“In applying the conception of residence to a company, we ought, I think, to proceed as  nearly as we can upon the analogy of an individual. A company cannot eat or sleep, but it can keep house and do business. We ought, therefore, to see where it really keeps house and does business”

While the early cases remain relevant, we now have a statutory definition of corporate resident. The Income Tax Assessment Act 1997 says that “a company which is incorporated in Australia, or which, not being incorporated in Australia, carries on business in Australia, and has either its central management and control in Australia, or its voting power controlled by shareholders who are residents of Australia” is a resident.

This definition is comprised of three tests – the incorporation, central management and control and voting tests. The rest of this post will discuss these in turn.

Incorporation test

If a company is incorporated in Australia it will be a resident of Australia. While this test is very simple to apply, it is open to easy manipulation.

Central management and control test

If a company is not incorporated in Australia it will still be a resident if it “carries on business in Australia, and has…its central management and control in Australia”. Whether this test has two parts (and in my opinion it does) or just one is a matter of great controversy.

In the De Beers case mentioned above Lord Loreburn went on to add that “the real business (of a company) is carried on where the central management and control actually abides”. He regarded that as the “true test”. Later, in the Australian case of Malayan Shipping, Justice William rejected the argument that law could not refer only to the management and control of the business but must also refer to the actual operations themselves. The judge found that the reason for the wording of the Act was “to make it clear that the mere trading in Australia by a company not incorporated in Australia will not of itself be sufficient to cause the company to become a resident of Australia”. Malayan Shipping is thus authority for the proposition that if a company’s central management and control is in Australia then ipso facto it must be carrying on a business in Australia. This appears to be the majority view.

However, the Commissioner takes a differing view. In Tax Ruling TR 2004/15 he asserts that the test does have two requirements, and generally other acts of carrying on a business need to exist before the central management and control test is satisfied. In the Commissioner’s words Lord Loreburn’s analogy of a company keeping house and doing business is replicated in the two requirements of the test. The Commissioner’s position is based on the ideas that the courts should not easily consider any word or sentence used in an Act as superfluous and nor should judicial statements supplant or supersede the words of the law itself. TR 2004/15 argues that only where a company’s business is management of its investment assets and where it undertakes only minor operational activities, will both tests be satisfied by the same set of facts.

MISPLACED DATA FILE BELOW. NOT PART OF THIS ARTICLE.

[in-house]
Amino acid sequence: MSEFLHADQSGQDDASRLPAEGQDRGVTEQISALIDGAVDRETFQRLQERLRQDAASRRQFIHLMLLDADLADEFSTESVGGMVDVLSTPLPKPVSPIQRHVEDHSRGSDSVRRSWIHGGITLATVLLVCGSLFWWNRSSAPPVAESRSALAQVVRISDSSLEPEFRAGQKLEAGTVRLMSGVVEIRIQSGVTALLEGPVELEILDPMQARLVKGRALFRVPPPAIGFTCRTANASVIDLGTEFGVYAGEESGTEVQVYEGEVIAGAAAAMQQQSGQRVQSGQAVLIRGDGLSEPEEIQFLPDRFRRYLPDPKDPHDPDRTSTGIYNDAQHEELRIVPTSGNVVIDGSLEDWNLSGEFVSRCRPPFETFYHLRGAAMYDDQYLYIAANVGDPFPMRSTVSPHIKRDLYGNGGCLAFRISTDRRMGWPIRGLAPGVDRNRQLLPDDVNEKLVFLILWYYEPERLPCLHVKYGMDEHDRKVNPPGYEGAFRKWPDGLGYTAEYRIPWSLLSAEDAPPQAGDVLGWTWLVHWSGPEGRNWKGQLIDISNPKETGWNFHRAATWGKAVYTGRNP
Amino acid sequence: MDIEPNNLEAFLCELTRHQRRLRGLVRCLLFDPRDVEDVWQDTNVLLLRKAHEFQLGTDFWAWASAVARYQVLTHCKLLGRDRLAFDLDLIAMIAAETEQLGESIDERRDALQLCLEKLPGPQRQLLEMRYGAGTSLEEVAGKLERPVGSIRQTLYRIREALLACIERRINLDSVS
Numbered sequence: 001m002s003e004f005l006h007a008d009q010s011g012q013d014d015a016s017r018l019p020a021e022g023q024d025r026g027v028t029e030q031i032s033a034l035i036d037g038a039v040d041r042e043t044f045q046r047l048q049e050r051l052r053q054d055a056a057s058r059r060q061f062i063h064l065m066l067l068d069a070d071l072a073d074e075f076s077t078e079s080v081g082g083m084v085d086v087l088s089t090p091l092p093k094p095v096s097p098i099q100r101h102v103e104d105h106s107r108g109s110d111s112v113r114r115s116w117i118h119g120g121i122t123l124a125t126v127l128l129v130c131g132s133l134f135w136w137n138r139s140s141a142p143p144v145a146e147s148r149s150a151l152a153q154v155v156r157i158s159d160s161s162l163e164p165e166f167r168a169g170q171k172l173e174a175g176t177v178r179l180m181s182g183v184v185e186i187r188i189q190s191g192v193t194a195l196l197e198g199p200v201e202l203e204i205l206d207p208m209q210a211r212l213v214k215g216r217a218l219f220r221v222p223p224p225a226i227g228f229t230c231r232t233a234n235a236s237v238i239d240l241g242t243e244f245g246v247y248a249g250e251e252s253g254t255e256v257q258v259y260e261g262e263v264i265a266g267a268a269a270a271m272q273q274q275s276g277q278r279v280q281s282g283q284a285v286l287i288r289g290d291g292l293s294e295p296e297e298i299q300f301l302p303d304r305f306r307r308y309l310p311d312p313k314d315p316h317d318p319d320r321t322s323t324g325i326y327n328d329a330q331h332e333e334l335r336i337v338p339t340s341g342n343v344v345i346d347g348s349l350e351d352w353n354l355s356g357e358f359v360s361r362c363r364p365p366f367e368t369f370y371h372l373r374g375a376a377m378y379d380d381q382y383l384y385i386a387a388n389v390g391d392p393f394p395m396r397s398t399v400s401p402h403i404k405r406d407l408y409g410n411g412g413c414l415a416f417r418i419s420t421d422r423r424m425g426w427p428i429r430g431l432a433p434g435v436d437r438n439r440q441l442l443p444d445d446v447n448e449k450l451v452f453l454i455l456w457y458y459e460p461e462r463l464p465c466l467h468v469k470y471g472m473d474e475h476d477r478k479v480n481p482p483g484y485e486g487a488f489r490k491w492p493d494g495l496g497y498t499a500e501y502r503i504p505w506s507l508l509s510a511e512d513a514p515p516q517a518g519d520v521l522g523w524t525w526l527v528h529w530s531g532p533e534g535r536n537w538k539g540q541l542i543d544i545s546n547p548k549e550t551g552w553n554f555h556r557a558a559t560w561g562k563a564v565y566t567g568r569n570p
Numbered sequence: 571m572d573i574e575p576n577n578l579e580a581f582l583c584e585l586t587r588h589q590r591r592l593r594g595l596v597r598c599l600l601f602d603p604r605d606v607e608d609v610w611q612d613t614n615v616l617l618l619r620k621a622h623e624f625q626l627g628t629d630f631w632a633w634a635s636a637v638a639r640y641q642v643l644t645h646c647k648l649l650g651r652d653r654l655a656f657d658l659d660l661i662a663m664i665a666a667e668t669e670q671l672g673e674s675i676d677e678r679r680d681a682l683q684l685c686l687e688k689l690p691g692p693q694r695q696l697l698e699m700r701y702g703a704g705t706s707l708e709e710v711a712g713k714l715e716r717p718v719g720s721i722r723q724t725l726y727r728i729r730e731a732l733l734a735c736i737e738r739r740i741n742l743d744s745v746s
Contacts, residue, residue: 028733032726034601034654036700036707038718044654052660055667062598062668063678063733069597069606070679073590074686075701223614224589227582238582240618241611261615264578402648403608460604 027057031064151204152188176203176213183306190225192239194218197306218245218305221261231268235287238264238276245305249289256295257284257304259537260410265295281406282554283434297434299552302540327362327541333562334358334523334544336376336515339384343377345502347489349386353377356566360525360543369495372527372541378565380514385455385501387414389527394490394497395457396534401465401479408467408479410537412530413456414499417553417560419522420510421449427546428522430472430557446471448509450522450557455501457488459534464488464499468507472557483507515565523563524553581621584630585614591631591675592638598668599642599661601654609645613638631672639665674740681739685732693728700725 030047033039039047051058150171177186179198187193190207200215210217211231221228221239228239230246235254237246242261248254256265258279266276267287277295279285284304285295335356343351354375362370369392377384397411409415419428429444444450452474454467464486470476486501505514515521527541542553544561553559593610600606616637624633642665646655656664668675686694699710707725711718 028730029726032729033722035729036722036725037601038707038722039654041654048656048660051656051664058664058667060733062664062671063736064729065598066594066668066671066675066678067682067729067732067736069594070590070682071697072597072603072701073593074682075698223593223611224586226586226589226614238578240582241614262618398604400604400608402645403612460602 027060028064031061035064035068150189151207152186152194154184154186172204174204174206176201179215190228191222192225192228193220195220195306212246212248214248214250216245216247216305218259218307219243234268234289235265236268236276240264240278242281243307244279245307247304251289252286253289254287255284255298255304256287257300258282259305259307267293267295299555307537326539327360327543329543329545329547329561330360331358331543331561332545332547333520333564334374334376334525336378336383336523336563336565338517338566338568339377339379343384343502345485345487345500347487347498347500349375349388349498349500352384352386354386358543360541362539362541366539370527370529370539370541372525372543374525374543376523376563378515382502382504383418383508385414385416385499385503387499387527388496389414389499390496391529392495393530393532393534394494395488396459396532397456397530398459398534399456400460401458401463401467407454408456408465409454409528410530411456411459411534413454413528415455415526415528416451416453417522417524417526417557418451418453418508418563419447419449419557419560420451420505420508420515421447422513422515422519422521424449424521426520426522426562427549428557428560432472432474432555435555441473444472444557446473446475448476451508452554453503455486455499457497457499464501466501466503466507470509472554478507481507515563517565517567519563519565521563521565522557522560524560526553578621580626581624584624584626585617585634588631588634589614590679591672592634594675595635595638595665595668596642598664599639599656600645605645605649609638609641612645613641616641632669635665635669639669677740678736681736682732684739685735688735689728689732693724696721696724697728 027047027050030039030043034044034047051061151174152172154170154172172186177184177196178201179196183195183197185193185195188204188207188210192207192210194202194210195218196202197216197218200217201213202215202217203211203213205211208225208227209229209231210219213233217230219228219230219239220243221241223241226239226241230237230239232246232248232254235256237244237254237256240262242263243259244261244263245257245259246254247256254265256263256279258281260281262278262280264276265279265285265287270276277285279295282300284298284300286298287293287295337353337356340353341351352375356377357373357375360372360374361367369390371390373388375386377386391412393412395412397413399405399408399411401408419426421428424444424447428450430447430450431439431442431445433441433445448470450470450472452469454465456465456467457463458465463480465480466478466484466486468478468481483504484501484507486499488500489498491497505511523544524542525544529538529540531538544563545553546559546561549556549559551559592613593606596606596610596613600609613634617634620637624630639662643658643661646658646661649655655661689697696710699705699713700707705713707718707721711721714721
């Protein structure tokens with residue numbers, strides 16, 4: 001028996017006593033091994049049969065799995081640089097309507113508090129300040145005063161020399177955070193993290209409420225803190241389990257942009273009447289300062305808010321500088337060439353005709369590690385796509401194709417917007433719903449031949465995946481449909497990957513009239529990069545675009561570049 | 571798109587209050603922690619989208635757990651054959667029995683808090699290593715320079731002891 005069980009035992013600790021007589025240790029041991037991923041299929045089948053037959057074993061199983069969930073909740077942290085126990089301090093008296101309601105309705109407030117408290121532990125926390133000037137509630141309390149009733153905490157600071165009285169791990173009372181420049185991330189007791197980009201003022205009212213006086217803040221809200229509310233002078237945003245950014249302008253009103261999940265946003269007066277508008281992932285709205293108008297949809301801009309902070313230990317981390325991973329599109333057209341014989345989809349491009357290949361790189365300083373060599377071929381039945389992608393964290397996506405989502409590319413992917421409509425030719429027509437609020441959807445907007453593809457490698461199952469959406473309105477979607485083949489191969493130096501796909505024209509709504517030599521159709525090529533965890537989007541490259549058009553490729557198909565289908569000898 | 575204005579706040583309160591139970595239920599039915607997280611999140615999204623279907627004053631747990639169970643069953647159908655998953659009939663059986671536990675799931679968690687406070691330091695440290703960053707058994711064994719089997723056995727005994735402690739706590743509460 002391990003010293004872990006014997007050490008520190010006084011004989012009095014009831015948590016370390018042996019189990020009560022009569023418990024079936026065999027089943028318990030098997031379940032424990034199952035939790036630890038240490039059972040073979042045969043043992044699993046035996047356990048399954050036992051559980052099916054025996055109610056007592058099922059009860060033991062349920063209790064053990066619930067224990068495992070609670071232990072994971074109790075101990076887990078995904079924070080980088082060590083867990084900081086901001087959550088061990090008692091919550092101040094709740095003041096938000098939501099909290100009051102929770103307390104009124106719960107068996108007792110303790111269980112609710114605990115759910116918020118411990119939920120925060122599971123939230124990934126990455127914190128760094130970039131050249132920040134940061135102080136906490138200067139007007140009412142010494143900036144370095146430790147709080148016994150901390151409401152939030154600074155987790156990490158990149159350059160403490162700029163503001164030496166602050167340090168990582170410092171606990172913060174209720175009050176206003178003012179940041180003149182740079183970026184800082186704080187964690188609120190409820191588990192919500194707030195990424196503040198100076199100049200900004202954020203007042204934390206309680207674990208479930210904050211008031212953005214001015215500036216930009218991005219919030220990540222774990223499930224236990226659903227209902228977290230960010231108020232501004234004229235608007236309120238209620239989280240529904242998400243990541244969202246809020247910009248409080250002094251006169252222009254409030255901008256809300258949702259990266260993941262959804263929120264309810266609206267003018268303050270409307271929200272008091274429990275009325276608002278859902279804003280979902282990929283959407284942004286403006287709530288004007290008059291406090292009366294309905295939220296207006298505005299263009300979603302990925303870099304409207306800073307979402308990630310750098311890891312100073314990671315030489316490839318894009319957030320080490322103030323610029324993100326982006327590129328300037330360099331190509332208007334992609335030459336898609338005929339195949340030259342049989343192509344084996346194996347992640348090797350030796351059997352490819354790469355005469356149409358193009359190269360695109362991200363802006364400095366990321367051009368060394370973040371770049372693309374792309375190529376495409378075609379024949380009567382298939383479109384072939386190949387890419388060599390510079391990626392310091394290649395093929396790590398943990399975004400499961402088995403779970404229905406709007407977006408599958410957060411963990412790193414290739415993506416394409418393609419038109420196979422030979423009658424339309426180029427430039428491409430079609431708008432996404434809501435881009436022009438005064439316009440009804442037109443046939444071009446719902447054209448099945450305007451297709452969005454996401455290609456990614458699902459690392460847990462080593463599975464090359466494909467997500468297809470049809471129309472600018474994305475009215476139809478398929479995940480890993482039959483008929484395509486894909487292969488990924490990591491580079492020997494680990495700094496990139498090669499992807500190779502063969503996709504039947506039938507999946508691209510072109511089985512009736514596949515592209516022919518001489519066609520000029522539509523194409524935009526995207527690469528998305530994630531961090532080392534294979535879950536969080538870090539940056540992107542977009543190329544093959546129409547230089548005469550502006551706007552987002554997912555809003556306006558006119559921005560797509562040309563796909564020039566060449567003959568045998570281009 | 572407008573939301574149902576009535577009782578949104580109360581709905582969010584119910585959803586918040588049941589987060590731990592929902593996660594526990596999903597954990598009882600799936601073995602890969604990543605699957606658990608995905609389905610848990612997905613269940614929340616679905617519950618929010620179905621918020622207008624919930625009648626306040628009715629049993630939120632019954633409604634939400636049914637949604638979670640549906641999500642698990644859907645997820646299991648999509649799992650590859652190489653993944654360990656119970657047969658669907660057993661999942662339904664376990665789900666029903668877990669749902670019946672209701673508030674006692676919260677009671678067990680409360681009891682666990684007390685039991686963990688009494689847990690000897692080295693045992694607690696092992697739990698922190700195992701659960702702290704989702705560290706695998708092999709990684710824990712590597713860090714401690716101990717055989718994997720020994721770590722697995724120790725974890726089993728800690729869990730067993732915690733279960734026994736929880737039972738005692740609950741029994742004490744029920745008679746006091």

So the cases say one thing but the Commissioner says another. What’s a taxpayer to do? Well, tax rulings are binding on the Commsioner but not on taxpayers. Therefore if you like the Ruling you can apply it in the knowledge that the ATO won’t stop you. However, if you disagree (and are willing to argue your position in the courts should it come to that) you can ignore it in the knowledge that you have strong judicial precedent to support you.

There’s still lots more to go through regarding corporate residence so stay tuned for part two.



All advice in this blog is of a general nature. I’ve done my best to make sure it is accurate but I give no guarantees. Make sure you seek professional advice that is specific to your situation.

Tax residency for individuals – temporary resident

Bonus post! I intended my last one to be the final post on the topic of individual residency but I wanted to add this brief one on temporary residents.


Since the 1st of July 2006 there has been a new category of resident – the temporary resident. I believe the new category was created to encourage more people to come work in Australia.

You are a temporary resident if

  1. You hold a temporary visa granted under the Migration Act 1958 and
  2. You and your spouse are not Australian residents within the meaning of the Social Security Act 1991 (typically someone who holds a permanent residency visa or is an Australian citizen)

The benefit of being a temporary resident is that you will not be taxed on most foreign source income and on capital gains relating to assets that aren’t Taxable Australian Property. You will also be exempt from interest withholding tax (more on this in later posts). However, you are still taxed on your employment income.

If you are thinking of moving to or from Australia and aren’t sure what this could mean for your tax bill, please don’t hesitate to ask me a question in the comments.

My next posts will stay on the topic of residency but shift the focus to consider the residency of companies and other entities.



All advice in this blog is of a general nature. I’ve done my best to make sure it is accurate but I give no guarantees. Make sure you seek professional advice that is specific to your situation.

Tax residency for individuals – the 183 day and superannuation fund tests

We’re almost there! In the previous posts I’ve introduced the concept and significance of residency, explained the common law meaning of residency and outlined the domicile test. In this final post on the subject, I’ll end with a brief overview of the final two statutory tests – the 183 day test and the superannuation fund test.